SWB has to restrain herself

1490312249197 Crunch crunch, fistle fistle, chomp chomp. Sluuuurp. Crunch crunch……and repeat. Where was I? Was I at a children’s birthday party? Was I at a giant multiplex where film-goers don’t give a fig for other’s enjoyment of the show? You’ll never guess where this transgression of social norms took place, so I’ll fill you in: only at the Black Box at the wonderful 10×9 last Wednesday night! I kid you not.  As usual it was rammed, there were even a few people standing at the back. My friend and I had managed to get a table with some other pals. It’s that sort of event, you arrive and inevitably meet people who say “Join us, we’ve a table!” And in you squeeze and chat and then you shut up and respect the brave folk who’ve got up to share their story with you. The stories, as the title of the event suggests, lasts less than 10 minutes, otherwise HONK! and they’re booted offstage. So surely this guy beside us could have set his giant packet of Dorritos to one side and shown a bit of respect? Sadly not.

I was particularly irked because I really wanted to hear this story. The theme last week was ‘Young’ and a gentleman stood up to tell his experience of being a member of a house church in the Castlereagh Hills in the early eighties. His language was rich and poetic and I could picture this group, watching as explosions lit the sky with the wail of sirens in the distance, discussing the Rapture as sectarian violence shook the city below. These were a group of non-conformist Christians, trying to find their way amid the chaos, some seeking solace from a more repressive religious up-bringing. Having had a brush with the evangelicals myself as a teen, I was rapt; or would have been, had it not been for Mr Doesn’t-Give-A-Shit beside me. I whispered “Is he doing your head in?” to my friend, who’s a reasonable sort. “I’m going to fucking choke him” she replied. I sighed with relief. I sometimes wonder if age is turning me into an uptight old crone. In fairness I was always highly strung. Anyway, the people behind him had a quiet word for he left a packet of Tayto unopened, thereby sparing me further anguish.

There’s a lesson here: unless one is at risk of falling into a hypoglycaemic diabetic coma, you don’t chow down crisps during a 10×9. This event is possibly the cosiest on the Belfast social scene and it shouldn’t be marred in such a fashion. The next one’s in May and I urge you to go. Just leave the snacks at home. No one likes a scene.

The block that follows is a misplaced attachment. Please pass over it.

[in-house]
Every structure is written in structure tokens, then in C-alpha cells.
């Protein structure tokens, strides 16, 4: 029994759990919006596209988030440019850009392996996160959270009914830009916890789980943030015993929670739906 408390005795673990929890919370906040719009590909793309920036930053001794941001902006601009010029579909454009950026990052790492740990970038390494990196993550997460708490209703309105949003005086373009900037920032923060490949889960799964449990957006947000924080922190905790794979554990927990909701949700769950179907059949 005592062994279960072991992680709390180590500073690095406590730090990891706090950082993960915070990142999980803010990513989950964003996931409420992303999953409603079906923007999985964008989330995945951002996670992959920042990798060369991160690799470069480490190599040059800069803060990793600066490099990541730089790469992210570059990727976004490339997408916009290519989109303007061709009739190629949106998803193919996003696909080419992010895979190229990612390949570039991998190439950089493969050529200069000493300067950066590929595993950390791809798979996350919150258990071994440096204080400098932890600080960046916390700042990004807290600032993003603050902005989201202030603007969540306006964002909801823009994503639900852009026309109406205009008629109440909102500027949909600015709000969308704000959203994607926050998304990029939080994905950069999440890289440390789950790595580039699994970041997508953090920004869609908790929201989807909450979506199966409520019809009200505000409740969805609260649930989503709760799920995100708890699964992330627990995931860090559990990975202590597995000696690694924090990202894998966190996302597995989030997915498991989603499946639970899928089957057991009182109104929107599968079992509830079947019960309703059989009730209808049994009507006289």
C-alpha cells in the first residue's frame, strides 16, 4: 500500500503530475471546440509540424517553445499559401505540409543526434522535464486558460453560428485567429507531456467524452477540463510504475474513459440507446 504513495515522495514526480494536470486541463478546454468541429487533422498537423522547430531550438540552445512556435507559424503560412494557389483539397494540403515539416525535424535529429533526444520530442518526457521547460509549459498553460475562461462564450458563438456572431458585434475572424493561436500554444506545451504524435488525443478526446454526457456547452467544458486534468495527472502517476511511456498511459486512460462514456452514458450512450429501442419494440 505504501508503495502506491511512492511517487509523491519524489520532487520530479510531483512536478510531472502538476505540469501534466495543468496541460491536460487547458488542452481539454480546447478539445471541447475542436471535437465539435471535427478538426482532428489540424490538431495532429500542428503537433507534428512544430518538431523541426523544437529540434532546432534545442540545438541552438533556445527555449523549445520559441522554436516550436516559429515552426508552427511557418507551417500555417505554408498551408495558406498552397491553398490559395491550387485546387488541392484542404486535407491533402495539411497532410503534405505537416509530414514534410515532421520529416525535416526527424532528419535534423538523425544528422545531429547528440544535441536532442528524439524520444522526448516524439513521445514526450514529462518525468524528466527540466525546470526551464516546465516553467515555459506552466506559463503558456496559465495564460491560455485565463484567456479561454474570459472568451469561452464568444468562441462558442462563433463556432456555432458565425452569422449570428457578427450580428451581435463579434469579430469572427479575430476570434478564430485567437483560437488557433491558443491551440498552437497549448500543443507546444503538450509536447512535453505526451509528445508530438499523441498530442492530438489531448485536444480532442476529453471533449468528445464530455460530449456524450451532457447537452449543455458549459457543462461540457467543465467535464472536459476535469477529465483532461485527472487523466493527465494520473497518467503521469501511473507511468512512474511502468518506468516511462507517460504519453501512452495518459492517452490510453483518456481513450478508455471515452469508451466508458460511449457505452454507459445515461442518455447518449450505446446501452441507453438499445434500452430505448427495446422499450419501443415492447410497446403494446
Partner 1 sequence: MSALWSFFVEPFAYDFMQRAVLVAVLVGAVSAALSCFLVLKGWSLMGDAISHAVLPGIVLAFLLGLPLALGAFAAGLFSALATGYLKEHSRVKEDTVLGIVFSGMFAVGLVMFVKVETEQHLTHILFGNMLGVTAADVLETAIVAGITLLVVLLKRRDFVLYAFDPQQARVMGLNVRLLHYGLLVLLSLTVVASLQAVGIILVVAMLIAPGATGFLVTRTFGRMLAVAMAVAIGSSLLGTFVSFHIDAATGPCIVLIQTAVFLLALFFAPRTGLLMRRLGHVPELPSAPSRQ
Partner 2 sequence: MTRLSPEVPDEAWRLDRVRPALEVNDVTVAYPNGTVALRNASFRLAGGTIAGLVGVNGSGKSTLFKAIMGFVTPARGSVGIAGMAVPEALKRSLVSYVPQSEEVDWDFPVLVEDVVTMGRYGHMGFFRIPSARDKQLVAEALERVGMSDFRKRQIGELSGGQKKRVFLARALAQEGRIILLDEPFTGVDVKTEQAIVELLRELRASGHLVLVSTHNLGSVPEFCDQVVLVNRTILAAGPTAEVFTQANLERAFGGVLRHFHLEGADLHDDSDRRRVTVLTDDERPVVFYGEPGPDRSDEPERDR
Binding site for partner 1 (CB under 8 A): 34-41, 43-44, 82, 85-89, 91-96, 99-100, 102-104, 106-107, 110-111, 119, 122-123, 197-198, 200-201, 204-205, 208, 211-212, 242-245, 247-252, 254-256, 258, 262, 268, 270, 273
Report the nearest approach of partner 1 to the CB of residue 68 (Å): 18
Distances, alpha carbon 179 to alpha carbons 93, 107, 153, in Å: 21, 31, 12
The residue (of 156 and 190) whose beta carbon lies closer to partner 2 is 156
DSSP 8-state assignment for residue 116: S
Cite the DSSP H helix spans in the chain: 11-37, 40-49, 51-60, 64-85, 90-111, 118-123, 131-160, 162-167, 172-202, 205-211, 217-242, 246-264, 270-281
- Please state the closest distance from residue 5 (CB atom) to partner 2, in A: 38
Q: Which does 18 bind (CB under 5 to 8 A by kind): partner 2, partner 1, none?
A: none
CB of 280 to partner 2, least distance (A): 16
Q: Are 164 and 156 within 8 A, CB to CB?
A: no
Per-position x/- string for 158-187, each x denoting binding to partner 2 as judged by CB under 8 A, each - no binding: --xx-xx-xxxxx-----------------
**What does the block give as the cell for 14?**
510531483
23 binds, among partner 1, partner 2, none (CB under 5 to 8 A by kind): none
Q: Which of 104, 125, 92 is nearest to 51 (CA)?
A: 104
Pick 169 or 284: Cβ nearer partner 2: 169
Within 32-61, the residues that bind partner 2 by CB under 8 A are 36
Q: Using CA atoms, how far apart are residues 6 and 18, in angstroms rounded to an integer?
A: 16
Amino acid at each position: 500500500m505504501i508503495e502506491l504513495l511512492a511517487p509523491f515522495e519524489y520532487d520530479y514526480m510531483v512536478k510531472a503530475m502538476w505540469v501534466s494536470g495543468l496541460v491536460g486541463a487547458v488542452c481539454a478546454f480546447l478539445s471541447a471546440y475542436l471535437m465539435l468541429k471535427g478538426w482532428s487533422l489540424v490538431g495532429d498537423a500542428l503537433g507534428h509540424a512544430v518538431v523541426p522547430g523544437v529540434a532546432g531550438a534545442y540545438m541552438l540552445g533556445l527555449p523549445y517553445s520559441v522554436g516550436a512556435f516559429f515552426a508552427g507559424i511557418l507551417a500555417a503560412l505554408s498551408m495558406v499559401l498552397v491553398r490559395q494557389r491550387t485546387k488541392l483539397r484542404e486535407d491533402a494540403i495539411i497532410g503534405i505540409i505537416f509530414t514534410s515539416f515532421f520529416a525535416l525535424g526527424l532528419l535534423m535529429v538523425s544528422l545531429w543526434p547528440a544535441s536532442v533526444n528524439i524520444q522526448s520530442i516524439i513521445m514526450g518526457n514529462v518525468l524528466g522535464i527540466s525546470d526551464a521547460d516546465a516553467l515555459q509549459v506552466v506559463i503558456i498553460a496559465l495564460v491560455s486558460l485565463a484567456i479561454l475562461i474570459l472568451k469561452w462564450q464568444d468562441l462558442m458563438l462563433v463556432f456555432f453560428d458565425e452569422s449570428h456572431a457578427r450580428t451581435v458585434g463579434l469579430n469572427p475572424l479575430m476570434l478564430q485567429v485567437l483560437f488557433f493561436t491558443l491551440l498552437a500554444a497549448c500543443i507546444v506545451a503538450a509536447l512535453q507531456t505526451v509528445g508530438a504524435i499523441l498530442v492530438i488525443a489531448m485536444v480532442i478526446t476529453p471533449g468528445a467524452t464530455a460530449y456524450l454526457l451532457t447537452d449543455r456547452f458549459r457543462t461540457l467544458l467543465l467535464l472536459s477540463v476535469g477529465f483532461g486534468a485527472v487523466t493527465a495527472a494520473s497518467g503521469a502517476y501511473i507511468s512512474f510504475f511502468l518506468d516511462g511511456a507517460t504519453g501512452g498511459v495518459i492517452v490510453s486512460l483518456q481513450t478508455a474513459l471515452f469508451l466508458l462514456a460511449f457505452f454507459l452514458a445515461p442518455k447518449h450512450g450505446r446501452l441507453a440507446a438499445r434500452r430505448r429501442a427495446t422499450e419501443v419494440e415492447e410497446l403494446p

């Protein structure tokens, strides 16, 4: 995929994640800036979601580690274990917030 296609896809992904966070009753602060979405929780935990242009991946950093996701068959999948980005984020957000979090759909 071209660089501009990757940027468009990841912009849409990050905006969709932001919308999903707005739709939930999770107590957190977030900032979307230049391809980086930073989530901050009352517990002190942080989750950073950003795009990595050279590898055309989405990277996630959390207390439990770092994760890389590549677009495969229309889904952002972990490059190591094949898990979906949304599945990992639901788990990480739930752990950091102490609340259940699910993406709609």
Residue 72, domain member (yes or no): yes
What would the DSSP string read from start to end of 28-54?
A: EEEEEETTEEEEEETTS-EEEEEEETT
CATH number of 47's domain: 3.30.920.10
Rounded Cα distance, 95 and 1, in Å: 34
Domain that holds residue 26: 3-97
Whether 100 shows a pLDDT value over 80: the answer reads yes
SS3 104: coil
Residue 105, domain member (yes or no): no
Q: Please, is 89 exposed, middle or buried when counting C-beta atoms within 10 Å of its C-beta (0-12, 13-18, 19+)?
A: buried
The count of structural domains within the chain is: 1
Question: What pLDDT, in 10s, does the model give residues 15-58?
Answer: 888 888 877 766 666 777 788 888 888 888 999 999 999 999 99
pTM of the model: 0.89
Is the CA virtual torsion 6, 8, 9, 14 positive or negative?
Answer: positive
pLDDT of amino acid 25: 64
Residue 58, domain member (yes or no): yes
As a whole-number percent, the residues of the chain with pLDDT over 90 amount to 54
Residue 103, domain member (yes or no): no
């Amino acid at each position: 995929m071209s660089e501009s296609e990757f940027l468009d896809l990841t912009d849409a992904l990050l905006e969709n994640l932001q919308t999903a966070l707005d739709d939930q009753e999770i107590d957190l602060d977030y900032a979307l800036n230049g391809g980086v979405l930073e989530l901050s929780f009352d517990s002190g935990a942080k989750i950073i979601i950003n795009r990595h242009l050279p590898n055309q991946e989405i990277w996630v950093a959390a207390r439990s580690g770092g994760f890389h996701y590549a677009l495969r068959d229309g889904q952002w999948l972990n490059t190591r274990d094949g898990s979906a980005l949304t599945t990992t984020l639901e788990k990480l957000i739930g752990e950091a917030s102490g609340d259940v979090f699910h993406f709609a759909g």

SWB and the struggle for zen

IMG_3584This is only about half of our collective stash. At least some of these double up as bottle openers. The rest are quite useless, and some aren’t even aesthetically pleasing.

I’ve been overcome with a powerful fatigue this Easter, and I’m putting it down to PTSD following THE MOVE. I found it most energy zapping. This was far worse than an ordinary move, because we had to clean our house from top to bottom before moving in, then clean the flat which the estate agent deemed I did not do “to the best of my ability”. You can only imagine the sourness of my response to that. Sanctimonious little twat. I felt such a surge of rage I feared a huge blood vessel would burst behind my eye on the Lisburn Road and I would die an ignominious death. But I shall not dwell on the negative because the house is wonderful and I am filled with glee to be in. What remains to be addressed though, is ‘stuff’. In sooth I know not where to turn, my torment is acute. I’m not alone in this predicament. A friend said her boxes began being labelled sensibly with ‘toys’ ‘clothes’ ‘books’ etc and ended up being A O C (any old crap.) We’ve those aplenty.

I think I may have developed some class of OCD, staring at random objects and thinking “this doesn’t have a home” and then firing them into the corner with a heavy sigh. Rule one of Feng Shui: don’t clutter up your corners. The energy stagnates and atrophies, so bad luck will come in truckloads and pestilence will reign upon your house. What do Chinese philosophies and the Old Testament have in common? Disrespect them at your peril.

So here’s a list of stuff I have in abundance.